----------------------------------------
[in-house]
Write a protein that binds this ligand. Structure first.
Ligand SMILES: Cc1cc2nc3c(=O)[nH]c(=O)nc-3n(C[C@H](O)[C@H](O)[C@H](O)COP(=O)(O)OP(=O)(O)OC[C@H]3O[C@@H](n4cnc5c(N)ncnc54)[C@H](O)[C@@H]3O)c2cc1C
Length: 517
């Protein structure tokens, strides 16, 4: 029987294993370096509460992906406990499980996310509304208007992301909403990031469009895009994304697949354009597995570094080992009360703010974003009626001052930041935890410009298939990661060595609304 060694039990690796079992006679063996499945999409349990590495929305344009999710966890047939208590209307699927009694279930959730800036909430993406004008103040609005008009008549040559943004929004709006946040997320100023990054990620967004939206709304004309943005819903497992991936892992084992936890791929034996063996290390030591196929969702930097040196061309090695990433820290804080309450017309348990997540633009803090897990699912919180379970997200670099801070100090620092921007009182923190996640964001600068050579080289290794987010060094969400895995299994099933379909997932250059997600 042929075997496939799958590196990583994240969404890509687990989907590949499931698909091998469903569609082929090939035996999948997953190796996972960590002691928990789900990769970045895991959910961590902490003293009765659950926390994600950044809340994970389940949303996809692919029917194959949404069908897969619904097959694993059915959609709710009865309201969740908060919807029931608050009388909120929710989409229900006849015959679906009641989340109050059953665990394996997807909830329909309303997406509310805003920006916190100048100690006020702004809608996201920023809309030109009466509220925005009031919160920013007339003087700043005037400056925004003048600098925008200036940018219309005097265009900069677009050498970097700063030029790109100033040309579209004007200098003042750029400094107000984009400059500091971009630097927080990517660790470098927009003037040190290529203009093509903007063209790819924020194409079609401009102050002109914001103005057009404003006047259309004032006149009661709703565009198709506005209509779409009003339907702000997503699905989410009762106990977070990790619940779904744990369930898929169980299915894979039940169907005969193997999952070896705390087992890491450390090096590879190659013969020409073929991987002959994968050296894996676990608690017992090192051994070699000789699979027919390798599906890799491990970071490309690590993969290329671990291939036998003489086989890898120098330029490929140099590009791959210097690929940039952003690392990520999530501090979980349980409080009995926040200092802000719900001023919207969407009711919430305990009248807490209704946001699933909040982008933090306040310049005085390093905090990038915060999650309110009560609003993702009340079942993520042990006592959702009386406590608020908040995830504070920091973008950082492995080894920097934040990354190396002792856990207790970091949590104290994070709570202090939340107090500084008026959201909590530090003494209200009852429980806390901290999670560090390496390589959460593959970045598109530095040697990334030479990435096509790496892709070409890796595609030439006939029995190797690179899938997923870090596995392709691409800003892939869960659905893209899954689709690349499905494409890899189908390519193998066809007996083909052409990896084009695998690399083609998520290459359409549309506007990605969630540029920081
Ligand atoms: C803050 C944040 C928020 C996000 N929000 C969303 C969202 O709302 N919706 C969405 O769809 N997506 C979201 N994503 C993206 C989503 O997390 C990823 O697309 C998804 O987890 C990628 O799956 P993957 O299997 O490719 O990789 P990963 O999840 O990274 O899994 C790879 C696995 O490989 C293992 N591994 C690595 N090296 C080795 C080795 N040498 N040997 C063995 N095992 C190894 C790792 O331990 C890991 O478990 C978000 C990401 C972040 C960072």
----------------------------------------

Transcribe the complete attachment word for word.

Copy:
[in-house]
Write a protein that binds this ligand. Structure first.
Ligand SMILES: Cc1cc2nc3c(=O)[nH]c(=O)nc-3n(C[C@H](O)[C@H](O)[C@H](O)COP(=O)(O)OP(=O)(O)OC[C@H]3O[C@@H](n4cnc5c(N)ncnc54)[C@H](O)[C@@H]3O)c2cc1C
Length: 517
């Protein structure tokens, strides 16, 4: 029987294993370096509460992906406990499980996310509304208007992301909403990031469009895009994304697949354009597995570094080992009360703010974003009626001052930041935890410009298939990661060595609304 060694039990690796079992006679063996499945999409349990590495929305344009999710966890047939208590209307699927009694279930959730800036909430993406004008103040609005008009008549040559943004929004709006946040997320100023990054990620967004939206709304004309943005819903497992991936892992084992936890791929034996063996290390030591196929969702930097040196061309090695990433820290804080309450017309348990997540633009803090897990699912919180379970997200670099801070100090620092921007009182923190996640964001600068050579080289290794987010060094969400895995299994099933379909997932250059997600 042929075997496939799958590196990583994240969404890509687990989907590949499931698909091998469903569609082929090939035996999948997953190796996972960590002691928990789900990769970045895991959910961590902490003293009765659950926390994600950044809340994970389940949303996809692919029917194959949404069908897969619904097959694993059915959609709710009865309201969740908060919807029931608050009388909120929710989409229900006849015959679906009641989340109050059953665990394996997807909830329909309303997406509310805003920006916190100048100690006020702004809608996201920023809309030109009466509220925005009031919160920013007339003087700043005037400056925004003048600098925008200036940018219309005097265009900069677009050498970097700063030029790109100033040309579209004007200098003042750029400094107000984009400059500091971009630097927080990517660790470098927009003037040190290529203009093509903007063209790819924020194409079609401009102050002109914001103005057009404003006047259309004032006149009661709703565009198709506005209509779409009003339907702000997503699905989410009762106990977070990790619940779904744990369930898929169980299915894979039940169907005969193997999952070896705390087992890491450390090096590879190659013969020409073929991987002959994968050296894996676990608690017992090192051994070699000789699979027919390798599906890799491990970071490309690590993969290329671990291939036998003489086989890898120098330029490929140099590009791959210097690929940039952003690392990520999530501090979980349980409080009995926040200092802000719900001023919207969407009711919430305990009248807490209704946001699933909040982008933090306040310049005085390093905090990038915060999650309110009560609003993702009340079942993520042990006592959702009386406590608020908040995830504070920091973008950082492995080894920097934040990354190396002792856990207790970091949590104290994070709570202090939340107090500084008026959201909590530090003494209200009852429980806390901290999670560090390496390589959460593959970045598109530095040697990334030479990435096509790496892709070409890796595609030439006939029995190797690179899938997923870090596995392709691409800003892939869960659905893209899954689709690349499905494409890899189908390519193998066809007996083909052409990896084009695998690399083609998520290459359409549309506007990605969630540029920081
Ligand atoms: C803050 C944040 C928020 C996000 N929000 C969303 C969202 O709302 N919706 C969405 O769809 N997506 C979201 N994503 C993206 C989503 O997390 C990823 O697309 C998804 O987890 C990628 O799956 P993957 O299997 O490719 O990789 P990963 O999840 O990274 O899994 C790879 C696995 O490989 C293992 N591994 C690595 N090296 C080795 C080795 N040498 N040997 C063995 N095992 C190894 C790792 O331990 C890991 O478990 C978000 C990401 C972040 C960072």